How to Embrace Slow and Conscious Living

By Rashi Agarwal Favier

It’s no surprise that the past year has been challenging for all of us. Even though life around us had come to a crawl or in some cases a complete halt, the level of stress and unforeseen circumstances can take a toll on our lifestyle. We tend to feel overworked and our leisure activities become strenuous obligations. In a pandemic, being conscious takes a backseat.

The slow-living movement reminds us to be mindful of what’s around us. It’s about cultivating simple pleasures and being grateful for the smaller things in life. Slow living began with an exploration of local, sustainable food and fashion and has expanded to encompass a more thoughtful, intentional way of life. Slow and conscious living also facilitates focus on a sustainable wardrobe and being mindful of what we consume in terms of sustainable fashion. Here are some tips to practical and simple ideas to a more conscious way of living and to slow down.

Michelle de Bruijn: “I always try to ask myself the questions: 'What can I mean for myself today, for others and the world?"

Watch Michelle de Bruijn in documentary 'Take It Slow'.

1. Meditate

is synonymous with slow living. It establishes a secure connection between our internal and external worlds and awakens the body and benefits all aspects of the conscious and subconscious layers of the mind. All you need is five minutes a day. Find a quiet space, get comfortable, and minimize distractions. Focus on a simple in and out breath. Choose something meaningful to hold in your mind. Apps like Headspace and Calm are a great way to get into guided meditation for beginners.

Elizabeth Plokker: "We need to spend more time in nature to be able to change our mindset."

Watch Elizabeth Plokker co-founder of the Conscious Club in the documentary Take It Slow.


Disconnect from the digital world with a digital detox, to recharge your mind. Doom-scrolling is an easy way to get lost in the apps and algorithms, which makes us compare ourselves to the highlight reels of others and can be detrimental to our mental health. Turning off our devices and directing our energies inward can have profound effects on our ability to focus, decompress, and connect with the people around us. Take up a hobby or activity that keeps you away from your devices like reading, cooking or sports

3.Get Outside

Studies have shown that as little as 15 minutes outdoors can have powerful positive effects on mood, cognition, creativity, and physical health. Being in nature is also an easy way to practice mindfulness. During the pandemic it has become even more essential that we take the time to go outside from some fresh air and reconnect with nature. Explore your city or nearby areas with your buddy or by yourself and discover green spaces close to home. The NS have great walking path routes in the Netherlands which will make you fall in love with your country all over again.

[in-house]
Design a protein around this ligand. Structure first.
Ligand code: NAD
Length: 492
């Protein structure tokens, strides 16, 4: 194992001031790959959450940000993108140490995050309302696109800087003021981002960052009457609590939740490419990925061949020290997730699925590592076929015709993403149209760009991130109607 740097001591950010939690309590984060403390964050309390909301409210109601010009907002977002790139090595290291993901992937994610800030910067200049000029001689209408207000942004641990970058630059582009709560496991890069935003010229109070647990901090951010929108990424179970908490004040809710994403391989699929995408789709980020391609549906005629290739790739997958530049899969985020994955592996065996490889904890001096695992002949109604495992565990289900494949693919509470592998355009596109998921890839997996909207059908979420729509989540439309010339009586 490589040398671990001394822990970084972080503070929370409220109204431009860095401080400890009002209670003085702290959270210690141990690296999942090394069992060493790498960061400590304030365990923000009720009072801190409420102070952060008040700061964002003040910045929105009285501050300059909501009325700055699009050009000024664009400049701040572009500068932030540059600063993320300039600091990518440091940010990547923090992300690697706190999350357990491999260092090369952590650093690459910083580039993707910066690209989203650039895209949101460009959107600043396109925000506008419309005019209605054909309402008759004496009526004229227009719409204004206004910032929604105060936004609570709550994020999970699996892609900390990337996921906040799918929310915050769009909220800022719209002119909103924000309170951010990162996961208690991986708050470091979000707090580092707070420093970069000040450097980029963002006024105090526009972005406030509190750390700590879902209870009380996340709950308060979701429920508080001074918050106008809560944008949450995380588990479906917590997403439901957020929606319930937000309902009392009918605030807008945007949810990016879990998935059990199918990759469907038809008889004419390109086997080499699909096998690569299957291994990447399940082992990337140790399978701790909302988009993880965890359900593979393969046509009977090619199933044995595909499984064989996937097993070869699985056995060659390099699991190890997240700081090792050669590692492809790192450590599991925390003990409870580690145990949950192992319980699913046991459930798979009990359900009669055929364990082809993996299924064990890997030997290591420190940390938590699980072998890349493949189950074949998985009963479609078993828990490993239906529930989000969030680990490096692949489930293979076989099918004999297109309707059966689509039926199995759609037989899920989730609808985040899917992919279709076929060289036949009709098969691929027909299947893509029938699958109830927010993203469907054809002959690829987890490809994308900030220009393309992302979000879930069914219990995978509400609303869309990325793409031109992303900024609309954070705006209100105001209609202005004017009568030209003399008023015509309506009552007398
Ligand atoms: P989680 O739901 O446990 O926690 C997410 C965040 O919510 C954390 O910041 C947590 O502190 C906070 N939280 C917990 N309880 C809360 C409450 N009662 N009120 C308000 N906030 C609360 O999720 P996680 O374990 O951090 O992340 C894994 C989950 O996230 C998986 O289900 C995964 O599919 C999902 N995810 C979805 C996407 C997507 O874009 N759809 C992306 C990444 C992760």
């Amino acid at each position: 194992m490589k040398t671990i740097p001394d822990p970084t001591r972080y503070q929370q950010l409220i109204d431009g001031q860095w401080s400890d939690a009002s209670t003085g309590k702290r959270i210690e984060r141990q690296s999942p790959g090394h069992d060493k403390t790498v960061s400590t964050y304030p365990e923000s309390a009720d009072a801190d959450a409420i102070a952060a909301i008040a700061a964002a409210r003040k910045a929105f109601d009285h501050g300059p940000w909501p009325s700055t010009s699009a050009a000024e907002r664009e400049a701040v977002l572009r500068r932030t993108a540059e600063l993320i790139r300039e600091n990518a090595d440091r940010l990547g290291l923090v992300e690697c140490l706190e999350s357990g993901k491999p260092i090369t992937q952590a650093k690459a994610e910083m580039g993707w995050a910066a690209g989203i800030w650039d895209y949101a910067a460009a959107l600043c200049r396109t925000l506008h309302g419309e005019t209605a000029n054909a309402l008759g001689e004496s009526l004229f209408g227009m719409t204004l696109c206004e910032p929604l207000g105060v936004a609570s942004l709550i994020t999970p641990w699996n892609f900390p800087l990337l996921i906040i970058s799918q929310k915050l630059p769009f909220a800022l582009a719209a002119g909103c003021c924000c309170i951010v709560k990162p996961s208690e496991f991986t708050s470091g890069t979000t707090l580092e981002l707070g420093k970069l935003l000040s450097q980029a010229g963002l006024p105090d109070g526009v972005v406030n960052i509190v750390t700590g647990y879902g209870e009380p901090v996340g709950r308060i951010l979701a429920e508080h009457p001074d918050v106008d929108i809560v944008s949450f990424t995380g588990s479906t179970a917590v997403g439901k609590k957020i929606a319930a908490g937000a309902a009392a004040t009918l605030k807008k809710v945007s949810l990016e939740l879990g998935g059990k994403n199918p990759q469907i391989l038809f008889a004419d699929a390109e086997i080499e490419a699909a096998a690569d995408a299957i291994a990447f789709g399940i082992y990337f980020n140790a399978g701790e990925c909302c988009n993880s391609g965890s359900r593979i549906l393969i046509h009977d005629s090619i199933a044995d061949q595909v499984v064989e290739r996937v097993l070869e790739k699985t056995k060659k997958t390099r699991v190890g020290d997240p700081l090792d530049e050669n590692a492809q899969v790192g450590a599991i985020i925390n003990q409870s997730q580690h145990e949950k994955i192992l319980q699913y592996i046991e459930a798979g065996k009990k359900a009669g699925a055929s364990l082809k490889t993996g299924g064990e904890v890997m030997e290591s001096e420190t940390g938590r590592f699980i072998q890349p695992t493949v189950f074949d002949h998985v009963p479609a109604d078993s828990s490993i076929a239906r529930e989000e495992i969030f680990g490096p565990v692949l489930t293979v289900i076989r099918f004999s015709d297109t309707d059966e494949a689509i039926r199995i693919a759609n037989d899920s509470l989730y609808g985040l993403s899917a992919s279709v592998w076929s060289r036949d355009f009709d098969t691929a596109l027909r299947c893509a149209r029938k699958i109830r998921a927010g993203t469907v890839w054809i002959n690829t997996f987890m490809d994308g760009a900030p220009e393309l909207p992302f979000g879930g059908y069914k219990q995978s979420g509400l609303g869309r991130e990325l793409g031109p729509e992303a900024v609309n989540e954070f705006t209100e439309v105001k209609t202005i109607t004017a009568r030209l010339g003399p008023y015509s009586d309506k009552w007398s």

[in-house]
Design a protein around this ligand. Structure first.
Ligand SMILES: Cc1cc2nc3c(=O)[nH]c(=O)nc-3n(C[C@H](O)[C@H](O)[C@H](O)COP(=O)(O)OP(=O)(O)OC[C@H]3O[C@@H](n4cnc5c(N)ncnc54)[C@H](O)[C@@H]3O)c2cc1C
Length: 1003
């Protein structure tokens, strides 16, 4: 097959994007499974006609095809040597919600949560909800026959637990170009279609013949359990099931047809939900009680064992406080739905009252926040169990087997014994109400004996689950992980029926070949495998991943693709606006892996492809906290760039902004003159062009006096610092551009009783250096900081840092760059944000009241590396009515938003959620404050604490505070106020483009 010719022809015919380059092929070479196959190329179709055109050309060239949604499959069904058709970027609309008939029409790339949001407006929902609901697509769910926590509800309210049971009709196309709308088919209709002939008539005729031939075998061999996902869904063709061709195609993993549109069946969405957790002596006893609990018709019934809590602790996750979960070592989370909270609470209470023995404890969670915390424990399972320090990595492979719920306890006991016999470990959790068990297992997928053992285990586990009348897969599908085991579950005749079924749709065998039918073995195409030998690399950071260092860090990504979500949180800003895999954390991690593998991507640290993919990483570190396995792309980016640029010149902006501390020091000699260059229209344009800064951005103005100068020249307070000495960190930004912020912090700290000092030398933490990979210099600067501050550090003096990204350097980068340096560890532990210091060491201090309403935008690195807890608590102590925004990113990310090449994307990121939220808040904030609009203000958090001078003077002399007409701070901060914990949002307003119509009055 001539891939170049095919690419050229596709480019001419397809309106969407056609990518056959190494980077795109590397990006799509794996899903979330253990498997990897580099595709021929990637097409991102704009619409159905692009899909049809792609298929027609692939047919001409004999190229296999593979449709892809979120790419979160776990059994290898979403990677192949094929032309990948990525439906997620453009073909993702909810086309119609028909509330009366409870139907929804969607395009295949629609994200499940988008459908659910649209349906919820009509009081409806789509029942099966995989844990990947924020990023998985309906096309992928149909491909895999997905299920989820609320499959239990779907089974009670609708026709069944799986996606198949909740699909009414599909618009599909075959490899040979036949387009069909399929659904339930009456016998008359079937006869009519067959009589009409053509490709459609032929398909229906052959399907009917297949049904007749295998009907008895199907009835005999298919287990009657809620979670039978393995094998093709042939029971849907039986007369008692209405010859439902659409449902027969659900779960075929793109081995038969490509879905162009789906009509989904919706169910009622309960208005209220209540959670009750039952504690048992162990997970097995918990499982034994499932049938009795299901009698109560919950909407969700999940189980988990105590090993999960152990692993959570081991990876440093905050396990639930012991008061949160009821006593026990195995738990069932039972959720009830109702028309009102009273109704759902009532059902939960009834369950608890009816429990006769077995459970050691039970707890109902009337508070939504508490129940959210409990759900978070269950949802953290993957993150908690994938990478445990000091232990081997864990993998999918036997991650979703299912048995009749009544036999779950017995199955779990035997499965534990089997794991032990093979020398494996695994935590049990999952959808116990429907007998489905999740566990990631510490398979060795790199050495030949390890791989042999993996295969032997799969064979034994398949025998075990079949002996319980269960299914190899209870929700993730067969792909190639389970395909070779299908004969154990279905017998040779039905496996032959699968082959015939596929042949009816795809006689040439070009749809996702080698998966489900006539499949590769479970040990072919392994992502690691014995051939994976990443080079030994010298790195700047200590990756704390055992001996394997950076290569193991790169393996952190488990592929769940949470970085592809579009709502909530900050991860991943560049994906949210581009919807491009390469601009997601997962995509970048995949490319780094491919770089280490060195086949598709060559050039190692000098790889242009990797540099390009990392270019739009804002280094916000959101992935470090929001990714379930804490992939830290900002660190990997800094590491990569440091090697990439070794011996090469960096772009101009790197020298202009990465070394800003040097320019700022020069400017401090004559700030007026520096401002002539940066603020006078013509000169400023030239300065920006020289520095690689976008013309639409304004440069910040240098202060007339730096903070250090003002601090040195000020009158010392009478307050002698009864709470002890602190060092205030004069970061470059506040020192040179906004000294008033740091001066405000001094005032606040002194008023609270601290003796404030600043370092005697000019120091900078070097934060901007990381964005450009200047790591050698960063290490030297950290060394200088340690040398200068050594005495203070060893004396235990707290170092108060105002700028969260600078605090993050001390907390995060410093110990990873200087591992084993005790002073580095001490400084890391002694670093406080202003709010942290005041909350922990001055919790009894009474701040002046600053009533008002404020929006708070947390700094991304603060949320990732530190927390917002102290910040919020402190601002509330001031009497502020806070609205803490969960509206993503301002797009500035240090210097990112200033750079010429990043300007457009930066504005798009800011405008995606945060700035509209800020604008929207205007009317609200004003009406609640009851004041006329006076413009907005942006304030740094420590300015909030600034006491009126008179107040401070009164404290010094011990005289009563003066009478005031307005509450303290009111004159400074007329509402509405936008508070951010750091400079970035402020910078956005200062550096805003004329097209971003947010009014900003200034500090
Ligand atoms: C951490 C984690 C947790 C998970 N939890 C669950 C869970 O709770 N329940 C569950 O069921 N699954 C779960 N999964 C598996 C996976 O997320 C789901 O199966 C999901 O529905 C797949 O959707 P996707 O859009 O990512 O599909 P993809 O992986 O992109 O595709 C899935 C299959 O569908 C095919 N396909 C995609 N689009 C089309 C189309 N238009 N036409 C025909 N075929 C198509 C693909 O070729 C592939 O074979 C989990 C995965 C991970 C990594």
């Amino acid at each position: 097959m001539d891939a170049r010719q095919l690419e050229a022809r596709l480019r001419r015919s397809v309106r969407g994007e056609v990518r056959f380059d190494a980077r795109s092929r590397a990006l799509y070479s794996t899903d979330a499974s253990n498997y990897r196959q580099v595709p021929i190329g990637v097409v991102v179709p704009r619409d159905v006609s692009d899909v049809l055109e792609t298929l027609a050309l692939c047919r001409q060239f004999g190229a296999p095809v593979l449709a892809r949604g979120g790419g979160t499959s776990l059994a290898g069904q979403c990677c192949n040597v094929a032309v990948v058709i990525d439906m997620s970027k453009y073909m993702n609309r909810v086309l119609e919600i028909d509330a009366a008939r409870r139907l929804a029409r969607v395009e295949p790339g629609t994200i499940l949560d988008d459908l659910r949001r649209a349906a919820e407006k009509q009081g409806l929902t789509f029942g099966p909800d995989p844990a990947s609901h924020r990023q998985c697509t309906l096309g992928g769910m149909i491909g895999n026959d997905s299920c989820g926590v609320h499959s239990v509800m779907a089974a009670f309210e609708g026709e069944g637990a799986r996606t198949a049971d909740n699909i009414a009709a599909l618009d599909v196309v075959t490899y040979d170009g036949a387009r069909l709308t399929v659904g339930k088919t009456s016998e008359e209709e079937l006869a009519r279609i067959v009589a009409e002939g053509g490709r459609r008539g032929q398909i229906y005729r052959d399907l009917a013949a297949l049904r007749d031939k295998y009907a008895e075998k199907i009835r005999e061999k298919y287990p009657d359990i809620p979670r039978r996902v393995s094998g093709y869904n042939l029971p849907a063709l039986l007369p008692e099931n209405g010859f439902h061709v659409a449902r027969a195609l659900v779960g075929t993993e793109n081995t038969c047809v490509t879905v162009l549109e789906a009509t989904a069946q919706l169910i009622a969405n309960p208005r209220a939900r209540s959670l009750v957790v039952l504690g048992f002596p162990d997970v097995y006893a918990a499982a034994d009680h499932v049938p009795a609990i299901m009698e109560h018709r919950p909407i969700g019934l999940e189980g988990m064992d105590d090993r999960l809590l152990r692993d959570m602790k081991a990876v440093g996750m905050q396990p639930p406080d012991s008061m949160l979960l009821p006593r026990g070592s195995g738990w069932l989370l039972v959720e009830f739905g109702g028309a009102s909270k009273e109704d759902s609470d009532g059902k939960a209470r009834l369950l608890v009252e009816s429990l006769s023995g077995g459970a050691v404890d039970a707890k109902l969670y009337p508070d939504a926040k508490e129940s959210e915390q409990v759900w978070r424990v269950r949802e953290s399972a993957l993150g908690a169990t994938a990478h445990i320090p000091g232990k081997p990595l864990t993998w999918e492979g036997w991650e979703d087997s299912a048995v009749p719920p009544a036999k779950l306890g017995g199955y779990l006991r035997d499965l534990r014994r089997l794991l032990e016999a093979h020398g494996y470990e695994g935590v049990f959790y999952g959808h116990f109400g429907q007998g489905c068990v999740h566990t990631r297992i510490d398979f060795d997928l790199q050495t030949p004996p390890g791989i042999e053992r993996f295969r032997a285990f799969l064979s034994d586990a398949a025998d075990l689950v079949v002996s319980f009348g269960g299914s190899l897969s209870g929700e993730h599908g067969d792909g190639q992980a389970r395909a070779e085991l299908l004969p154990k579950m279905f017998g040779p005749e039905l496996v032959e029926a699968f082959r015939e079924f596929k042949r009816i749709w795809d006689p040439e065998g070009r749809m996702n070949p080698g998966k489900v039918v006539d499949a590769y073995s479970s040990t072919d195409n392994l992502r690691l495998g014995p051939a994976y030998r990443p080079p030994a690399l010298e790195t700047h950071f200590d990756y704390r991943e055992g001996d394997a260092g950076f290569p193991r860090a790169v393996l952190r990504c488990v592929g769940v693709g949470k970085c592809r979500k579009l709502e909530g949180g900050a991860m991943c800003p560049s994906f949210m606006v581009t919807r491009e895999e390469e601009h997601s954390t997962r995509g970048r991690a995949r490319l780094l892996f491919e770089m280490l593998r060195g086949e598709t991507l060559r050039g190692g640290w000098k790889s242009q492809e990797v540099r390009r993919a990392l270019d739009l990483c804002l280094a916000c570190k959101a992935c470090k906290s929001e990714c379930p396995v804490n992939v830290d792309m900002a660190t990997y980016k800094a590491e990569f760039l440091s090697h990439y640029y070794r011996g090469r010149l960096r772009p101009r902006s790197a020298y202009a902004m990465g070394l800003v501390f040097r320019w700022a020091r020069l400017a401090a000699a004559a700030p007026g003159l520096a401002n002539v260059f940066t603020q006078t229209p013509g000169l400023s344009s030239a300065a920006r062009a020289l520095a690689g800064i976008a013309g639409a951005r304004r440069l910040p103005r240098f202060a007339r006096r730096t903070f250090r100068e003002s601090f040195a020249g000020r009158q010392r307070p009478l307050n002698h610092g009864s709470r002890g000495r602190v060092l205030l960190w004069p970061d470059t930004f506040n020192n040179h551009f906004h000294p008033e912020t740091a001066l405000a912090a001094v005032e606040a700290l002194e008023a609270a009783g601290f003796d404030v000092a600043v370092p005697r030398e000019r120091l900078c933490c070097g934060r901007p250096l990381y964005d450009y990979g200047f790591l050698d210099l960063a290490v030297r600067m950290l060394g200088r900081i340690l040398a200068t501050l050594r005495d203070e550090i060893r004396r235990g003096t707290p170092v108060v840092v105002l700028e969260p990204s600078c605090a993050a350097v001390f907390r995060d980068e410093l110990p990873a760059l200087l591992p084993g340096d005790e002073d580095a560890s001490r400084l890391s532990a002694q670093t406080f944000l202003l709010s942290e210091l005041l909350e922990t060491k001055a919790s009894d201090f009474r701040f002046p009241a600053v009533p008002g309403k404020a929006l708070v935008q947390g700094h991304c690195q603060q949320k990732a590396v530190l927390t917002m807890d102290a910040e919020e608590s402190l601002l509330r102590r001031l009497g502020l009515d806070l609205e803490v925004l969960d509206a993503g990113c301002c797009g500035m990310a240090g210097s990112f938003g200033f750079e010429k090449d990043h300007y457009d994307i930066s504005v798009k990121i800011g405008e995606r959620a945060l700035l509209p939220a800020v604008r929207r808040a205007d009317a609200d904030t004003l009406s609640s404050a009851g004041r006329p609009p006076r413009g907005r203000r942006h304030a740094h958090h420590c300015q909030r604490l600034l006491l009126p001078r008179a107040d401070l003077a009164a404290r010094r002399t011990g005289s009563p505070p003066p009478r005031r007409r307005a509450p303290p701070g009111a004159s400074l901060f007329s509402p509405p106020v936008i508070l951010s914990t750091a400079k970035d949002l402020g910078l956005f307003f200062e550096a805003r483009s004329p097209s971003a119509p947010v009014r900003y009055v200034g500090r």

4. Practice ‘Gezelligheid’

Gezelligheid, a word that cannot be defined in English but can be described as it means cozy, familiar, a nice atmosphere or a fun time. An important part of Dutch culture, it can be very helpful when trying to practice slow living. Light candles, linger over dinner, curl up with a book in front of a crackling fire, savor a cup of coffee or tea, or plan a movie or game night. Ultimate ‘gezelligheid’!


Clearing clutter can free up valuable space from our homes and our minds. We love to start with our wardrobe, especially during a pandemic, as we can honestly evaluate the clothes we no longer wear/need. Start with taking out all your clothes and dividing them into KEEP, TOSS and DONATE piles. Join Sara and Marieke’s ‘No Buy Challenge’ to shop mindfully and reduce overconsumption.

If you’re easily overwhelmed, start with a space where you can clear a lot of clutter without getting too emotionally involved. You’ll feel a rush of accomplishment and have a lot more room.

Clearing clutter can free up valuable space from our homes and our minds.

6.Practice Daily Gratitude

Our brain loves routine! Everyday, write down 3 things that everyday you’re grateful for and focus on the positive things that happened that day. It could be something as small as ‘today my coffee was delicious!’ and it counts. If you’re thankful for someone in your life, call or text them to inform them of this fact. This will help you share your gratitude with a loved one which will increase its effect. Journaling is also a great way to note down your thoughts and positive reinforcements. The simple act of focusing on the positive attributes can shift thoughts away from the negative.

Mindfulness isn’t about being happy all the time. It’s about acceptance of the moment we’re in and feeling whatever we feel without trying to resist or control it. We hope these tips help in starting your own journey towards a shifting to a more mindful and conscious lifestyle. Watch our documentary with Take It Slow to hear more on this from the industry leaders.

Photo credits > Laura van der Spek